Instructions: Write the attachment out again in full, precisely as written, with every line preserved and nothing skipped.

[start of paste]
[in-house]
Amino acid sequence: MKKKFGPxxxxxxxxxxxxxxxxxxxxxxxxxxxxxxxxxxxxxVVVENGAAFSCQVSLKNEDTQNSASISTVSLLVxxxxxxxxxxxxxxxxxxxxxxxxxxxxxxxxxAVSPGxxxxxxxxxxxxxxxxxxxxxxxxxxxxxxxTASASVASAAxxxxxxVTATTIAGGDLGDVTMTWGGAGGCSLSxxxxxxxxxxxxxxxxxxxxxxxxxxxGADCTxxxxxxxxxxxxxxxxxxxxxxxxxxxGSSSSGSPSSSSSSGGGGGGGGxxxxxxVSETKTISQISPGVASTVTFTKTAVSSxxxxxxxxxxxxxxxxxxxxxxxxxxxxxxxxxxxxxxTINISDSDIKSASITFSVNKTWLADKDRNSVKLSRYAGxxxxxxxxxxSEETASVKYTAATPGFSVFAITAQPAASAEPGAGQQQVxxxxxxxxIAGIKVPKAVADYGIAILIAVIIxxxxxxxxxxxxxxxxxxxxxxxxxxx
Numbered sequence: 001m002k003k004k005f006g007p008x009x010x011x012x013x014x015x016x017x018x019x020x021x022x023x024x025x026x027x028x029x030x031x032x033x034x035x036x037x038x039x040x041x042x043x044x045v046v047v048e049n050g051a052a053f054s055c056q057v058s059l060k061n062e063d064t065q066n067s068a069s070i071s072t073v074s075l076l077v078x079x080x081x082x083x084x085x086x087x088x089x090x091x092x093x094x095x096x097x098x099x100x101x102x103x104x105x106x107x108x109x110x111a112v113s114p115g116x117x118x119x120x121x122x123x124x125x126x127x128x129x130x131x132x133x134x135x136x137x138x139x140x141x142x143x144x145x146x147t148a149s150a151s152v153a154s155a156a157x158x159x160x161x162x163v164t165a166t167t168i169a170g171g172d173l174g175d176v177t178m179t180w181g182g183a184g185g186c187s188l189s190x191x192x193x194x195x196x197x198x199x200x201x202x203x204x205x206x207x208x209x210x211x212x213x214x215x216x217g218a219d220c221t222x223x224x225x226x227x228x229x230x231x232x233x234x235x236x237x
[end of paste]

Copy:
[in-house]
Amino acid sequence: MKKKFGPxxxxxxxxxxxxxxxxxxxxxxxxxxxxxxxxxxxxxVVVENGAAFSCQVSLKNEDTQNSASISTVSLLVxxxxxxxxxxxxxxxxxxxxxxxxxxxxxxxxxAVSPGxxxxxxxxxxxxxxxxxxxxxxxxxxxxxxxTASASVASAAxxxxxxVTATTIAGGDLGDVTMTWGGAGGCSLSxxxxxxxxxxxxxxxxxxxxxxxxxxxGADCTxxxxxxxxxxxxxxxxxxxxxxxxxxxGSSSSGSPSSSSSSGGGGGGGGxxxxxxVSETKTISQISPGVASTVTFTKTAVSSxxxxxxxxxxxxxxxxxxxxxxxxxxxxxxxxxxxxxxTINISDSDIKSASITFSVNKTWLADKDRNSVKLSRYAGxxxxxxxxxxSEETASVKYTAATPGFSVFAITAQPAASAEPGAGQQQVxxxxxxxxIAGIKVPKAVADYGIAILIAVIIxxxxxxxxxxxxxxxxxxxxxxxxxxx
Numbered sequence: 001m002k003k004k005f006g007p008x009x010x011x012x013x014x015x016x017x018x019x020x021x022x023x024x025x026x027x028x029x030x031x032x033x034x035x036x037x038x039x040x041x042x043x044x045v046v047v048e049n050g051a052a053f054s055c056q057v058s059l060k061n062e063d064t065q066n067s068a069s070i071s072t073v074s075l076l077v078x079x080x081x082x083x084x085x086x087x088x089x090x091x092x093x094x095x096x097x098x099x100x101x102x103x104x105x106x107x108x109x110x111a112v113s114p115g116x117x118x119x120x121x122x123x124x125x126x127x128x129x130x131x132x133x134x135x136x137x138x139x140x141x142x143x144x145x146x147t148a149s150a151s152v153a154s155a156a157x158x159x160x161x162x163v164t165a166t167t168i169a170g171g172d173l174g175d176v177t178m179t180w181g182g183a184g185g186c187s188l189s190x191x192x193x194x195x196x197x198x199x200x201x202x203x204x205x206x207x208x209x210x211x212x213x214x215x216x217g218a219d220c221t222x223x224x225x226x227x228x229x230x231x232x233x234x235x236x237x